#3: James Niehues Officially Retires from Painting Ski Maps, Announces Auction Featuring Original Pieces:
In other news this week, legendary ski map painter James Niehues has officially announced his retirement from the world of ski resort trail map making. Now, if you don’t know who James Niehues is, do yourself a huge favor and familiarize yourself with the man and his work. Chances are, you’ve looked at a ski map he’s painted at some point during your skiing experience. Unfortunately though, the Niehues era of ski maps has officially come to a close. While this news isn’t entirely unexpected, as Niehues has formerly announced a long term project in which he hopes to paint all of the United State’s National Parks, this week’s announcement makes his retirement official. But, it’s not all bad news. Using this announcement as an opportunity to hold some media attention, Niehues also announced that he’ll be selling a number of pieces via an auction kicking off on October 19th. Even more impressive, Niehues plans to donate 100% of the proceeds from the auction to the Colorado Snowsports Museum and Hall of Fame. Of the pieces being auctioned off, two are exceptionally rare: an original painting of Snowmass, and one of Telluride- both created over 25 years ago during his time working for Snow Country Magazine. To learn more about the upcoming auction as well as Niehues’s history and future as a painter, check out this writeup from Outside Business Journal.
#4: Archaeologists in Norway Unearth 1,300 Year Old Ski, the Missing Companion to a 2014 Discovery:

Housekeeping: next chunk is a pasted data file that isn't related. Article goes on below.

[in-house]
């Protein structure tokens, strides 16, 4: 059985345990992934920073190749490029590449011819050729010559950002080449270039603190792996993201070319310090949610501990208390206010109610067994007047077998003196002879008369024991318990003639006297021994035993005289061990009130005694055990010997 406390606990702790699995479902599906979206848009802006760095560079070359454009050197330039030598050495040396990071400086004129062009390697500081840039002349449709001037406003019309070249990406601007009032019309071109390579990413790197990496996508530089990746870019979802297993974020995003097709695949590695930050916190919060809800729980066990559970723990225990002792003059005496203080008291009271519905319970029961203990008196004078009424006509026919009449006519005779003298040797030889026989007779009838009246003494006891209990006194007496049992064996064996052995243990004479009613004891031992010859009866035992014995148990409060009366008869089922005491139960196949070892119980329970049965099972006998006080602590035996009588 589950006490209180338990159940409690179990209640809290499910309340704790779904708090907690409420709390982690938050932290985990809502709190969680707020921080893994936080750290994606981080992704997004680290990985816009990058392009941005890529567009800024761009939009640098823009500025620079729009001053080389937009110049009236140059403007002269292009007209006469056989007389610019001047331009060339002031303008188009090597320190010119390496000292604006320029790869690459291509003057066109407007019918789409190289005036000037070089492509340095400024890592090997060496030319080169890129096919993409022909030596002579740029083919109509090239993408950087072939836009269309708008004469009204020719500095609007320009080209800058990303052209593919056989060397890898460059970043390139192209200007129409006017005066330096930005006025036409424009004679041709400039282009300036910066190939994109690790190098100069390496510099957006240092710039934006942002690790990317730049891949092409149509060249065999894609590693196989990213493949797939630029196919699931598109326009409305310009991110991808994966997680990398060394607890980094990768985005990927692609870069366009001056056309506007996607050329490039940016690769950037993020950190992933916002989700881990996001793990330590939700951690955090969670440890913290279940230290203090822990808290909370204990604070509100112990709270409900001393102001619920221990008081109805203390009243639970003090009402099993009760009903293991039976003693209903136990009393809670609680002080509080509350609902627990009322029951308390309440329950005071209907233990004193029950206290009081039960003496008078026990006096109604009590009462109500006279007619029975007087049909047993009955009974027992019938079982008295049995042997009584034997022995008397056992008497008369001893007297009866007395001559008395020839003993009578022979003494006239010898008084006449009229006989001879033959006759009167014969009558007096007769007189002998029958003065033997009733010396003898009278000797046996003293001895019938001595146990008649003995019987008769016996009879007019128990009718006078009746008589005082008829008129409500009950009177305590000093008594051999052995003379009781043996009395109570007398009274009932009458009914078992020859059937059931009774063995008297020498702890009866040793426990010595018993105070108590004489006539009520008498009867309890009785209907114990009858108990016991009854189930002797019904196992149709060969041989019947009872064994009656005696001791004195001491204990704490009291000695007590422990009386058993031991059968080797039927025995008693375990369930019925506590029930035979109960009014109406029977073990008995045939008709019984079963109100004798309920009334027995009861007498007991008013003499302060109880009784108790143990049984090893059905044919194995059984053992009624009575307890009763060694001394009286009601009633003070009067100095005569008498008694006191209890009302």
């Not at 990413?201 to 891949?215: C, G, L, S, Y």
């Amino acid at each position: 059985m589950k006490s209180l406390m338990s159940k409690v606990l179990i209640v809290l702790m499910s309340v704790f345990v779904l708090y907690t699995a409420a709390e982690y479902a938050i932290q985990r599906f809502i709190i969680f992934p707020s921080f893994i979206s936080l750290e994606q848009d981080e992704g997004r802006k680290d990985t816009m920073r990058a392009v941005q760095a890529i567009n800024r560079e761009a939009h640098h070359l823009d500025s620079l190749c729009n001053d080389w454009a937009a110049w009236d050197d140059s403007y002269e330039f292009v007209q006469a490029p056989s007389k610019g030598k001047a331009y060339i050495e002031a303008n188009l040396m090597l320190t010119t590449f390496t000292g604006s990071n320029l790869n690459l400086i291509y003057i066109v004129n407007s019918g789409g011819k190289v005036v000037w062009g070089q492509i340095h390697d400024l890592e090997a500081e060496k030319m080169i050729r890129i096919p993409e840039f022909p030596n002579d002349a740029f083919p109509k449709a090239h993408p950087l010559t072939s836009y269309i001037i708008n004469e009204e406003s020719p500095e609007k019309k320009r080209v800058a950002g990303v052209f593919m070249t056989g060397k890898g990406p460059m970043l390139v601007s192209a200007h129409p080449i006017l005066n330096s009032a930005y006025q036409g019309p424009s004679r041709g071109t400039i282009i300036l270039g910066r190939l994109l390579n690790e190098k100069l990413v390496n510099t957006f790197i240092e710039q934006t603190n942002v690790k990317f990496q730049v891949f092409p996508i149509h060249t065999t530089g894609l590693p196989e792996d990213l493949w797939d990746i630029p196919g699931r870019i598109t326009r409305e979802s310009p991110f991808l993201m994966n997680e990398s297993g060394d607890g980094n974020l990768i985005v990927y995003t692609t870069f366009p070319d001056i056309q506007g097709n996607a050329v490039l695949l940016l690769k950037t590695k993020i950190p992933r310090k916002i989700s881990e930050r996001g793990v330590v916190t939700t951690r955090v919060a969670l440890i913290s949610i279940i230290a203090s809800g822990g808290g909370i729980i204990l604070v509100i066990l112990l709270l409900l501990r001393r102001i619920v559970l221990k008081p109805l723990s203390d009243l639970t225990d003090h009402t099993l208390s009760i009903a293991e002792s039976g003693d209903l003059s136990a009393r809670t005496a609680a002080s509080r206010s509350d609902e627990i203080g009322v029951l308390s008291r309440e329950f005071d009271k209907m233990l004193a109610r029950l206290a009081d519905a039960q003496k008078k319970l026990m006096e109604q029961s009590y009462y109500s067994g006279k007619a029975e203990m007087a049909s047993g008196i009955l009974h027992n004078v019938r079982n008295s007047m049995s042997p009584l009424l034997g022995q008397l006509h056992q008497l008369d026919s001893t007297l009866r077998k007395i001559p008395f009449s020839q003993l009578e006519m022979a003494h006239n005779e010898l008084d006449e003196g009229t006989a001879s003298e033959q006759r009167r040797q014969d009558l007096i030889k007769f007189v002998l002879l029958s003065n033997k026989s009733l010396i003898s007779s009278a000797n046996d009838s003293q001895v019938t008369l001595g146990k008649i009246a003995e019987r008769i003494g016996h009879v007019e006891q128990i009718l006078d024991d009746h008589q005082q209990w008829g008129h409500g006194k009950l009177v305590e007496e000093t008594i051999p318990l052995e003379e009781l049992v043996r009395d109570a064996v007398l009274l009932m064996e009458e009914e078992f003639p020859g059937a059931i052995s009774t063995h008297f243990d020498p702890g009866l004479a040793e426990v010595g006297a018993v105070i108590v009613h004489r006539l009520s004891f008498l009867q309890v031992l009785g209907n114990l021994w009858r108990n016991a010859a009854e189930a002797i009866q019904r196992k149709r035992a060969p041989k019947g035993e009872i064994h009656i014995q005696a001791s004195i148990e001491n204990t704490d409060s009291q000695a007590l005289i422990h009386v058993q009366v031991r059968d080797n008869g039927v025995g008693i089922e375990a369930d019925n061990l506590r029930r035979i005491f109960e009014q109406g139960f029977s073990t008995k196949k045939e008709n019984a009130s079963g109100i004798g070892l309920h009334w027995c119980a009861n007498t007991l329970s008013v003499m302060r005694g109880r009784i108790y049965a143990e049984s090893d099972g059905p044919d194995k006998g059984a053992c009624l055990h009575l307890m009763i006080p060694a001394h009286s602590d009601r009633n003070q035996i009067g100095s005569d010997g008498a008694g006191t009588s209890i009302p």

Finally, for our last highlight this week, we’ve got an article that’s just downright fascinating if you’re any kind of history buff at all. That’s because this week, archaeologists in Norway discovered and recovered the second ski in a pair of 1,300 year old skis that was originally discovered in 2014. At that time, archaeologists discovered a single ski emerging from the ice on Norway’s Digervarden Mountain. Now, as the ice has continued to recede, the second ski from the set has been unearthed approximately 15 feet away. While this isn’t the oldest set of skis, that title is claimed by a ski dating back to 6000 B.C.E that was discovered in Russia, with possible evidence of skis in China dating back to 8000 B.C.E., this week’s discovery is still extremely exciting as it tells us more about both the history of the area in which it was discovered, as well as the history of skis themselves. If we accept the theories that the original skis date back to 8000 B.C.E. in China, that means skis were an integral part of the hunter gatherer lifestyle for thousands of years, even across cultures that likely never had contact with each other. Considering how rudimentary the skis that were discovered in Norway are, it also suggests that skiing technology experienced very little advancement across thousands of years, except for the use of furs to act as an early form of skins. Keeping this in mind, it’s pretty incredible that we find ourselves not only in an era in which wooden skis were replaced by more advanced materials only within the last century, but also at a time in which ski technology has progressed at an incredible rate within just the last 20-40 years as we’ve moved from straight skis to parabolic skis with rocker, utilizing all types of different core materials. Furthermore, and perhaps most importantly, this article puts further weight behind a suspicion that we’ve had held since 2014 when we first asked, “If Aliens Exist, Do They Ski?” Afterall, if various humans have independently discovered skis as a means of transportation across thousands of years, wouldn’t that mean ice-planet bound aliens must’ve done the same? While this concept is little more than a theory, we strongly believe that future generations will confirm this belief and credit SkiEssentials with being the first to reach this landmark conclusion. To learn more about this week’s discovery, check out the report from Smithsonian Mag. To hear more about our totally baseless hypothesis regarding skiing aliens, check out our cutting edge report from 2014, for which we somehow still haven’t won any awards.